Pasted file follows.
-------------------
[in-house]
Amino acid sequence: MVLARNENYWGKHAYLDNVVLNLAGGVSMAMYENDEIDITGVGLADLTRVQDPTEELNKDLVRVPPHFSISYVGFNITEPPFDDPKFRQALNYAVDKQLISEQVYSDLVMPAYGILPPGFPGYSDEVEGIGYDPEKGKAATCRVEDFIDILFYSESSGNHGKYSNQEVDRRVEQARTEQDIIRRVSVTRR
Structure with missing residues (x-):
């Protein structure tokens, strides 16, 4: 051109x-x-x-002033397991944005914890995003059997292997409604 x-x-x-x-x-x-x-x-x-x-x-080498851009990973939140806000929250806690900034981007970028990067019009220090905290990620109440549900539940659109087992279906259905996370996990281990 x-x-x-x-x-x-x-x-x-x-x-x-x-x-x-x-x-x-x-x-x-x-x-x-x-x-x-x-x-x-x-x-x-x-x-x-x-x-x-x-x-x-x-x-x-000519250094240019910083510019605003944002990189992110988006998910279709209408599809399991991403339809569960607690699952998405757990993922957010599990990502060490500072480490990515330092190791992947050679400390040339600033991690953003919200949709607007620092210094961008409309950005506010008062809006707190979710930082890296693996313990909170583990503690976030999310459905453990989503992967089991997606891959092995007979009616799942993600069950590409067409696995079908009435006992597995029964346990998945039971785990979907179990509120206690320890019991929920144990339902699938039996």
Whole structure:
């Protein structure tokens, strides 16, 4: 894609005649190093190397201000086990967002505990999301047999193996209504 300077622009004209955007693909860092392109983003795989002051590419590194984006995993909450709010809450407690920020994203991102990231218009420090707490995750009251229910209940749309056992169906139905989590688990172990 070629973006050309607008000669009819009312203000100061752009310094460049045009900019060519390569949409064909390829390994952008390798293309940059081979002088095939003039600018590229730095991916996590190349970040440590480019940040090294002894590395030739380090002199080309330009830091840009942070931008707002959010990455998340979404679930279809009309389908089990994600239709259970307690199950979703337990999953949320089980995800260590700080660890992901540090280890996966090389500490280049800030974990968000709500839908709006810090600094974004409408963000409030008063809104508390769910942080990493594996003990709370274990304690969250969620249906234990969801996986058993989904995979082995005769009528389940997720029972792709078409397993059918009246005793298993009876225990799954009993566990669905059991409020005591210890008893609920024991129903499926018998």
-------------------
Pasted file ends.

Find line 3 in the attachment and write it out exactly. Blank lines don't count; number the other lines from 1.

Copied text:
Structure with missing residues (x-):